We focused our grantmaking (~USD 72M or 38% of total grant money from 2015-2020) on improving transparency (fiscal transparency) around the use of public resources and on increasing citizen participation (~USD 33M in governance channels and ~USD 30M in service delivery monitoring).
We invested in accelerating the adoption of international transparency standards led by international organizations. We supported some of the largest existing transparency platforms, such as the Open Contracting Partnership and the Extractives Industries Transparency Initiative. We hypothesized that if national governments committed to global transparency and accountability norms, civil society organizations would pressure them to implement the commitments. This would build an enabling environment in which local civil society monitors government effectiveness and advocates for reforms. We also invested in national and regional organizations working to strengthen citizens’ ability to speak and the channels to engage with government at national and sub-national level.
This approach contributed to some notable progress, especially around the disclosure of information on government revenue sources (e.g., taxes from extractive industries) and budget plans. It also helped lead to the rise of strong civil society actors—for example, in Mexico, civil society organizations can now challenge government economic and social policy. Additionally, it helped build strong relationships between civil society organizations and sub-national level governments—for example, it improved inclusive policymaking and implementation in Kenya.
However, our team’s broad thematic and geographic mandate spread us thin and scattered our partners’ successes. Individual success stories didn’t seem to lead to structural, system, or (government) organizational culture change. The team worked at multiple geographic levels (international, regional, national, and subnational), supporting more than a dozen governance thematic areas. And the goal statement, which focused on improving public service delivery, did not capture the full breadth of our grantmaking.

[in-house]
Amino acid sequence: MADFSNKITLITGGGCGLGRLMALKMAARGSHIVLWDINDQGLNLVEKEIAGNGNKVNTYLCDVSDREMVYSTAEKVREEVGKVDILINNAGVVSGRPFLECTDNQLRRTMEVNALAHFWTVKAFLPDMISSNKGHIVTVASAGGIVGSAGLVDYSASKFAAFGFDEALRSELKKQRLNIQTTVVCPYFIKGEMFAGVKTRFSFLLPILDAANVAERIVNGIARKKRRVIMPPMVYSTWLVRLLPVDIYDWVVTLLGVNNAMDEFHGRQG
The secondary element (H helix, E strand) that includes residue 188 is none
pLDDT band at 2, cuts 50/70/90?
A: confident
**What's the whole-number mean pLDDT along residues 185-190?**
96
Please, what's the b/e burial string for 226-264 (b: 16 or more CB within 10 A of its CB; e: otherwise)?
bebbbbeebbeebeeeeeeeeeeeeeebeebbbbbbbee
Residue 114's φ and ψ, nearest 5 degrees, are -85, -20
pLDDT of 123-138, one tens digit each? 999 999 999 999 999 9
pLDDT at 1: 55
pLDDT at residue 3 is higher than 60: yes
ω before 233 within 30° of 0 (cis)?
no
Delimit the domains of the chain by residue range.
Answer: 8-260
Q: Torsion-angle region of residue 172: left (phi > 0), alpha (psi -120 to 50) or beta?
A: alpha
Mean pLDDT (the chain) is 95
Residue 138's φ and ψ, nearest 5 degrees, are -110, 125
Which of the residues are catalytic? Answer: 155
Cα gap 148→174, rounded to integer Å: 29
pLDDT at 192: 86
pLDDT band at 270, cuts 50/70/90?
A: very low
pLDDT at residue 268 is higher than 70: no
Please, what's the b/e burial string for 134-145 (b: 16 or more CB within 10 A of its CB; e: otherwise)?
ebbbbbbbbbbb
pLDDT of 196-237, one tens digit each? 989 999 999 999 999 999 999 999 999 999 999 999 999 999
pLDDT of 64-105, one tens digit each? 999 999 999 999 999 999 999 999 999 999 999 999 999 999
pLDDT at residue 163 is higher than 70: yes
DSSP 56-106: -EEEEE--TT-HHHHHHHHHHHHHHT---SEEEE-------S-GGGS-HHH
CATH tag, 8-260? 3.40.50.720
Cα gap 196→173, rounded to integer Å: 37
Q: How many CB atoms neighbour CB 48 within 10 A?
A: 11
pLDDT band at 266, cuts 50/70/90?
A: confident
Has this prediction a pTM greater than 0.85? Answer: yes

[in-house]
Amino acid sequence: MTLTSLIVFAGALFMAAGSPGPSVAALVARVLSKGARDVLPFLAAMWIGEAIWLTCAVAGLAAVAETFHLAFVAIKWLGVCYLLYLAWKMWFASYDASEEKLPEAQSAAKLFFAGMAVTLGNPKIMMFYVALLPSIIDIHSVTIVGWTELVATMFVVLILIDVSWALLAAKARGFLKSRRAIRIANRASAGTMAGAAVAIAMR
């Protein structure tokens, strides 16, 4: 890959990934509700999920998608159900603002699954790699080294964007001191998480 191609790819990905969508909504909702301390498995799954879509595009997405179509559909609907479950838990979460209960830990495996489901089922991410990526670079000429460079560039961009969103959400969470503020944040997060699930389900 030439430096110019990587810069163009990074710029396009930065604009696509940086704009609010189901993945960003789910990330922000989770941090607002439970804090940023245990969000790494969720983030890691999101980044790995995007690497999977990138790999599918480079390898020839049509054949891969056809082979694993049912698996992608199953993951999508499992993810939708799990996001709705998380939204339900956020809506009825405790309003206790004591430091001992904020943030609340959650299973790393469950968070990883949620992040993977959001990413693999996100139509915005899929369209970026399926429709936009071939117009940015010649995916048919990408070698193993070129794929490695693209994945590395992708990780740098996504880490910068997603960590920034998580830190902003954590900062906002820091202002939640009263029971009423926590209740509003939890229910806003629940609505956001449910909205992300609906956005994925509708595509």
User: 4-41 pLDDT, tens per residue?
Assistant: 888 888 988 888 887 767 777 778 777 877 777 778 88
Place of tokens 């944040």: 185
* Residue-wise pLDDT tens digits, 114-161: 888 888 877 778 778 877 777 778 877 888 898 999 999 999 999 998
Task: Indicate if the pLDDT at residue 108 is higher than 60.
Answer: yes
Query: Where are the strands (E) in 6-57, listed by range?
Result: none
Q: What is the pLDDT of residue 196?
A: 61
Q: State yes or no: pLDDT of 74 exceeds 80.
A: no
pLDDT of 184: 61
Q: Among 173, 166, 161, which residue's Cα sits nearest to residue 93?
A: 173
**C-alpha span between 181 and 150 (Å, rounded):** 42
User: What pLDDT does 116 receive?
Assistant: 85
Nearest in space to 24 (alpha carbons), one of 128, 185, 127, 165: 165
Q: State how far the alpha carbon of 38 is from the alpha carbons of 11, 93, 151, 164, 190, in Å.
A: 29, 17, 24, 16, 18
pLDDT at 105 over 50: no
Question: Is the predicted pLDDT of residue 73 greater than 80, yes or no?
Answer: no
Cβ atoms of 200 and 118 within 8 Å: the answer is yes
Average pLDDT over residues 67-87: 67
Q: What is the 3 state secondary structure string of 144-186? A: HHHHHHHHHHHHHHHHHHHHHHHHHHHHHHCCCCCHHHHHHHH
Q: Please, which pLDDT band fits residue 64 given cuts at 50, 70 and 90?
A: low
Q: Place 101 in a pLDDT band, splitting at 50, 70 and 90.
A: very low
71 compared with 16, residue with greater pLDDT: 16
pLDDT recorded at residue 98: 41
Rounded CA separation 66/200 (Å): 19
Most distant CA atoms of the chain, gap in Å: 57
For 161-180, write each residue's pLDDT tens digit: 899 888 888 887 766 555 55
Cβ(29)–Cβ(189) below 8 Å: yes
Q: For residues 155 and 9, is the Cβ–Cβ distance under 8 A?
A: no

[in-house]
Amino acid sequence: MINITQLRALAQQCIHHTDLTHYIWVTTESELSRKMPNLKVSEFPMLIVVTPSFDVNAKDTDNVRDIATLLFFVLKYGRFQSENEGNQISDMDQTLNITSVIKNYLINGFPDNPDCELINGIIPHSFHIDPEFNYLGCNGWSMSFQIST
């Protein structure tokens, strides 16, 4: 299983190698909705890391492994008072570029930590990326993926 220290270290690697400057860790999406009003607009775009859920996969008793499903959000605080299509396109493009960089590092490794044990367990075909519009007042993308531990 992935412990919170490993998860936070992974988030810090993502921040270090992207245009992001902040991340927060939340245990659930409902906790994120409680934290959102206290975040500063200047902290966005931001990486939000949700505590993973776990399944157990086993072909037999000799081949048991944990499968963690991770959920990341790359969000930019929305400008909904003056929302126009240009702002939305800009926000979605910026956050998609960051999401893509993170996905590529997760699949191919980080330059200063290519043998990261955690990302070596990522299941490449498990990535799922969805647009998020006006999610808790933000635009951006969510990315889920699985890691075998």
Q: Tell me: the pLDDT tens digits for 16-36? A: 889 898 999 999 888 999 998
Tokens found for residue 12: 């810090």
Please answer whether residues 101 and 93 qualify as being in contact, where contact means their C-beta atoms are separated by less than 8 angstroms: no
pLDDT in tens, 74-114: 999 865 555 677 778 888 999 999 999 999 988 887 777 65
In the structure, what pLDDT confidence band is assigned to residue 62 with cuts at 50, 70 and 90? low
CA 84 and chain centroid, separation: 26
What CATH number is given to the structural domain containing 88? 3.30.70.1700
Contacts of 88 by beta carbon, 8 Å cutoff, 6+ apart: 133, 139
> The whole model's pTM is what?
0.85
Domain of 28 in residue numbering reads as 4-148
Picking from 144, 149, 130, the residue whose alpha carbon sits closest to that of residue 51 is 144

|Comment 3: Geographical focus or strategic shift?
I agree with the first two sentences of the preceding paragraph. But I am less sure that sentence 1 is the explanation for sentence 2. My sense is that a strategy which foregrounds TPA rather than the sorts of challenges that TPA might help to address, even with investments concentrated in fewer countries, might not be the best way of contributing to the structural and systemic changes that are needed, particularly in challenging contexts where powerful players are able to veto governance reforms that do not serve their interests. ♦
The landscape scan reinforced and supplemented internal learnings. We found that:
- Many funders are shifting their attention towards national-level efforts. There is growing consensus that commitments to global norms by national governments do not consistently translate to action on the ground, greater participation, and improved livelihoods for groups that have been marginalized. For instance, more than 15 governments made over 100 commitments at the 2016 Anticorruption Summit hosted by the UK, and only 22% have been completed, many of which are still reliant on foreign funding.
- There is a growing recognition and support for a more transformative approach to gender and power within TPA. Most stakeholders acknowledge that although women, youth, people with disabilities, and refugees are among the most marginalized in society, existing approaches are not uprooting the societal beliefs and practices limiting their power.
- There is a growing concern that civic participation is under threat. In many geographies where the Hewlett Foundation has supported local actors, the elite have captured political, economic, and civic spaces—limiting the ability and decreasing the willingness of the population to participate in public decision making.
In summary, based on key lessons from our past work, we feel we should:
- Frame our goal in terms broader than public service delivery, given how our investments evolved in practice and the role of TPA in enabling other government functions.
- Prioritize our efforts and not spread ourselves too thin in the new strategy.